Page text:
It ‘launched’ the careers of nobodies, it gave people about whom we would otherwise not care, exposure beyond their wildest dreams, and their wildest abilities. There is no reason why we should care about what eccentricities people come up with whilst stuck in a house. Yet people did care, and kept tuning in. Why? What was so enthralling about odd people in an entirely odd situation acting odd? I still don’t know. In my mind, it’s the same as watching a bunch of prisoners in jail, and I have no compunction to do that.

In a similar way, why should I then want to read about these people once they have stopped fouling up my television set? The amount of tabloid inches, webpage columns, and radio interviews which occurred with the departed cretin was quite frankly ridiculous. People shouldn’t care about what a nobody thrust into the public concious think about their time stuck with other nobodies. Yet they did. And I’m still struggling to explain it.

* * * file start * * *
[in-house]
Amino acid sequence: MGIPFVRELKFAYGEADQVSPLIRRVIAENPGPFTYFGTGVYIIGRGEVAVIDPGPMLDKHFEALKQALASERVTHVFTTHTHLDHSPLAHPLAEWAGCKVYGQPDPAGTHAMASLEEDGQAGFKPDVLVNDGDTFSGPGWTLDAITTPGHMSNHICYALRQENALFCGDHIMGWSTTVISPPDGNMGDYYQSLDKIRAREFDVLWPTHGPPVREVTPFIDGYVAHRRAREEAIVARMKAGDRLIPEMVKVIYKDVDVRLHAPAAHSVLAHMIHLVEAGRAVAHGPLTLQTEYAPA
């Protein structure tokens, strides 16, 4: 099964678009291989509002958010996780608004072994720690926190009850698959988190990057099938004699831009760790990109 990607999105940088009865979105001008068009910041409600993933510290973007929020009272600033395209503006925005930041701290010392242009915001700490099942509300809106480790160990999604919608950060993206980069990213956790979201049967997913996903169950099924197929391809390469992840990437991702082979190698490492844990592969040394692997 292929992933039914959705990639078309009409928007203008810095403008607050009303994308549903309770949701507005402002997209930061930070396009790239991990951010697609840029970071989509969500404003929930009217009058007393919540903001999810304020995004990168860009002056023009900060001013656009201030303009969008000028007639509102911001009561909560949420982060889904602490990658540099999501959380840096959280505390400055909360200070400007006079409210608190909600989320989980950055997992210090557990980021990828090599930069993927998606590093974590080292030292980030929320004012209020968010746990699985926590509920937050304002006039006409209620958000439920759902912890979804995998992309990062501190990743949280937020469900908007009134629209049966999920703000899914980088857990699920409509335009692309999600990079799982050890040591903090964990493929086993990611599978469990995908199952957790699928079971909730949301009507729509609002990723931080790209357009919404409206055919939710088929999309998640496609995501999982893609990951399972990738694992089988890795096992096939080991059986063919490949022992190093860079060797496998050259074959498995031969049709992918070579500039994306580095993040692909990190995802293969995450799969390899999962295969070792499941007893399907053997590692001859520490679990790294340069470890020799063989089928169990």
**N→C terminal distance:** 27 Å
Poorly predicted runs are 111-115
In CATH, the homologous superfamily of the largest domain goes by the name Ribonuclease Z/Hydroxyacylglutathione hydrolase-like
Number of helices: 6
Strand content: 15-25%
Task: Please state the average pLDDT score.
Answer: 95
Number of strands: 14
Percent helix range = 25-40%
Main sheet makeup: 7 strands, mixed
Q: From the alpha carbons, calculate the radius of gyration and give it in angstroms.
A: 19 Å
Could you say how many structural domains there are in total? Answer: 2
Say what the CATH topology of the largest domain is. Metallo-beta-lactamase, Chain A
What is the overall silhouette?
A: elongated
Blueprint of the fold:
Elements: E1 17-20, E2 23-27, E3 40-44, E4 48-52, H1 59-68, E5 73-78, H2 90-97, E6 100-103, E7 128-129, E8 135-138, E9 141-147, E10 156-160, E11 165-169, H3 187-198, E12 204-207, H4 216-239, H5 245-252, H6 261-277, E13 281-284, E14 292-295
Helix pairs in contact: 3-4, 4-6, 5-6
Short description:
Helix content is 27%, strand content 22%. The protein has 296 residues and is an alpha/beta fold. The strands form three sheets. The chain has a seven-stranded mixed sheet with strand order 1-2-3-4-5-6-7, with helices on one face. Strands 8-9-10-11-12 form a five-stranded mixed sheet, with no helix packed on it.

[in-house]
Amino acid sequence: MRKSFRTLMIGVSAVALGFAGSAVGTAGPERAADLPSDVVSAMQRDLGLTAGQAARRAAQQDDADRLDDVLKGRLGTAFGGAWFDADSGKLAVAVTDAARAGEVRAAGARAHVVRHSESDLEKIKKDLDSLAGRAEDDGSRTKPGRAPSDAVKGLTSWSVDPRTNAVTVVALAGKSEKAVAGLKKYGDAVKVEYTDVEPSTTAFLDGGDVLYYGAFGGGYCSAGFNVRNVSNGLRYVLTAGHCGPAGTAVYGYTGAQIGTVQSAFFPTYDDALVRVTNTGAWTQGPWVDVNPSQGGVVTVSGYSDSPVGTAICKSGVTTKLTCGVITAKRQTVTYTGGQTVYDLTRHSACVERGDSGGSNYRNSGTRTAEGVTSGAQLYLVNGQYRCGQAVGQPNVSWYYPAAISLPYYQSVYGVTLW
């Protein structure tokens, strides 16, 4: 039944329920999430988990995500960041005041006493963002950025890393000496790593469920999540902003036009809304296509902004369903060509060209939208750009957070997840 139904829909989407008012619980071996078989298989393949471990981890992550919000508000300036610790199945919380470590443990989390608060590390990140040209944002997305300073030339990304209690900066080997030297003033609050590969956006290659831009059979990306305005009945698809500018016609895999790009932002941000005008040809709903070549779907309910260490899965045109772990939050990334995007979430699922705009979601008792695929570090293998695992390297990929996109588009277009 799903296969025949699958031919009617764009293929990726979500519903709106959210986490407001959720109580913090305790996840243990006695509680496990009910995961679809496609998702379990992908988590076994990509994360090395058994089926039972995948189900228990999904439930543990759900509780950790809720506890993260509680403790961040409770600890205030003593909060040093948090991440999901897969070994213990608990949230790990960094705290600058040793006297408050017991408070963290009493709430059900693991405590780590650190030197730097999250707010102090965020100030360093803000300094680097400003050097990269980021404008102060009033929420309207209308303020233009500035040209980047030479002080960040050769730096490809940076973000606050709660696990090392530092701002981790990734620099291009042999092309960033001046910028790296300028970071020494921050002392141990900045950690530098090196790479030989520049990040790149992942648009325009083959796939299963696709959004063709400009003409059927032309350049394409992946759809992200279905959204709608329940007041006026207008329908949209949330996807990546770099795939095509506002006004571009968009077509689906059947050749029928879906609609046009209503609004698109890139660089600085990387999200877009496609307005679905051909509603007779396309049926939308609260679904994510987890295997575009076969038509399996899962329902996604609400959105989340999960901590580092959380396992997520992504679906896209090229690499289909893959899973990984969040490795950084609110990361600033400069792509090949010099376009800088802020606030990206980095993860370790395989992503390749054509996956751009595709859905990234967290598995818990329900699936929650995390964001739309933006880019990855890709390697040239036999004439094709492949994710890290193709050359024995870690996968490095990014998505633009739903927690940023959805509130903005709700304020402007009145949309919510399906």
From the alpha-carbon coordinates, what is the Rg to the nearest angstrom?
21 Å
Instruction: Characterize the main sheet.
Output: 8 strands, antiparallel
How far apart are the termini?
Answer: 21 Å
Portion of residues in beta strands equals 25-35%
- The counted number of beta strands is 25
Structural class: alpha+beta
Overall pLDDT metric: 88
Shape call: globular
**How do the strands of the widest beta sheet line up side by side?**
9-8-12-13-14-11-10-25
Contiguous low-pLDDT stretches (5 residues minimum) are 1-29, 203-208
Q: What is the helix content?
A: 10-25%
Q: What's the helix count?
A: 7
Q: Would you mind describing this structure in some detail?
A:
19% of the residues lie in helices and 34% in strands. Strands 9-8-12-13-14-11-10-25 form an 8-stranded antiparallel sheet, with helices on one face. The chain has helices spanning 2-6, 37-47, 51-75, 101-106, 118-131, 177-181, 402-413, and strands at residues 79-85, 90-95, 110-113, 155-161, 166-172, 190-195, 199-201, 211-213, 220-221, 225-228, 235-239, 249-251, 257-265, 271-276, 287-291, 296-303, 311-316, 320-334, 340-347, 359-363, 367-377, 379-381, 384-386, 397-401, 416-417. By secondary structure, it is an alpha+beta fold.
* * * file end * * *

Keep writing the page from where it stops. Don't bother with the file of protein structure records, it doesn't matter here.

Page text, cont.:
Of course, what we are now left with is hope. Now that the original sin has gone there is hope that some others may follow suit. We can but hope that the likes of X-Factor, Come Dine With Me, Strictly et al will go the way of the Brother. We can but hope.





Why…

5 09 2010

I don’t know how old I was when I stopped believing in a god. I’m not even sure it was any form of concious decision on my part not to believe, more of a sub-concious overtaking founded by an almost innate desire for rationality. Try as I might, I cannot marry together the two notions of science and religion, I just can’t. At this point, it is perhaps best to admit that I really don’t know what I’m going to write. The debate, fuelled spectacularly by Stephen Hawking’s apparent rejection of the notion of a god, is one to which there is obviously no right or wrong answer. There cannot ever be. No-one will successfully prove or disprove the existence of a deity, thus for a large part the argument is trivial to the extreme.